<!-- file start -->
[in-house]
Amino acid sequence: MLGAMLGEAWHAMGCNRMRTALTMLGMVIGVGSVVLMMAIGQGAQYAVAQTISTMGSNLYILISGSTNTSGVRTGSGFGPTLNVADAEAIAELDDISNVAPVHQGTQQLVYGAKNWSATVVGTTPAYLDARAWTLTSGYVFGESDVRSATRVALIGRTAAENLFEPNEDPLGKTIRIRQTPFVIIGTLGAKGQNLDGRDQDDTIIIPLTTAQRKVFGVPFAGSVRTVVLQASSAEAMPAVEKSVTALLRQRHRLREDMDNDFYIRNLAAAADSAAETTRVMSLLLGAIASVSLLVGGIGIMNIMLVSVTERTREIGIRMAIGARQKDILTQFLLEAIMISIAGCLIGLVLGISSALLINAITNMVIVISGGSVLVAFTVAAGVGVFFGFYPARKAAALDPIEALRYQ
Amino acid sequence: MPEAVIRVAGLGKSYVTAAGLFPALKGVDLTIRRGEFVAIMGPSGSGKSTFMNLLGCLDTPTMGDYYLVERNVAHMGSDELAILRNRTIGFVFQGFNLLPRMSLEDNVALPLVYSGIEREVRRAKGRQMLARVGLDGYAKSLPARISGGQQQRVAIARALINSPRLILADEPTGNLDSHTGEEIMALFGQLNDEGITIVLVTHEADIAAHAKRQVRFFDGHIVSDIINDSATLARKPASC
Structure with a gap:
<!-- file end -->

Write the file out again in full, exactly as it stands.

[in-house]
Amino acid sequence: MLGAMLGEAWHAMGCNRMRTALTMLGMVIGVGSVVLMMAIGQGAQYAVAQTISTMGSNLYILISGSTNTSGVRTGSGFGPTLNVADAEAIAELDDISNVAPVHQGTQQLVYGAKNWSATVVGTTPAYLDARAWTLTSGYVFGESDVRSATRVALIGRTAAENLFEPNEDPLGKTIRIRQTPFVIIGTLGAKGQNLDGRDQDDTIIIPLTTAQRKVFGVPFAGSVRTVVLQASSAEAMPAVEKSVTALLRQRHRLREDMDNDFYIRNLAAAADSAAETTRVMSLLLGAIASVSLLVGGIGIMNIMLVSVTERTREIGIRMAIGARQKDILTQFLLEAIMISIAGCLIGLVLGISSALLINAITNMVIVISGGSVLVAFTVAAGVGVFFGFYPARKAAALDPIEALRYQ
Amino acid sequence: MPEAVIRVAGLGKSYVTAAGLFPALKGVDLTIRRGEFVAIMGPSGSGKSTFMNLLGCLDTPTMGDYYLVERNVAHMGSDELAILRNRTIGFVFQGFNLLPRMSLEDNVALPLVYSGIEREVRRAKGRQMLARVGLDGYAKSLPARISGGQQQRVAIARALINSPRLILADEPTGNLDSHTGEEIMALFGQLNDEGITIVLVTHEADIAAHAKRQVRFFDGHIVSDIINDSATLARKPASC
Structure with a gap: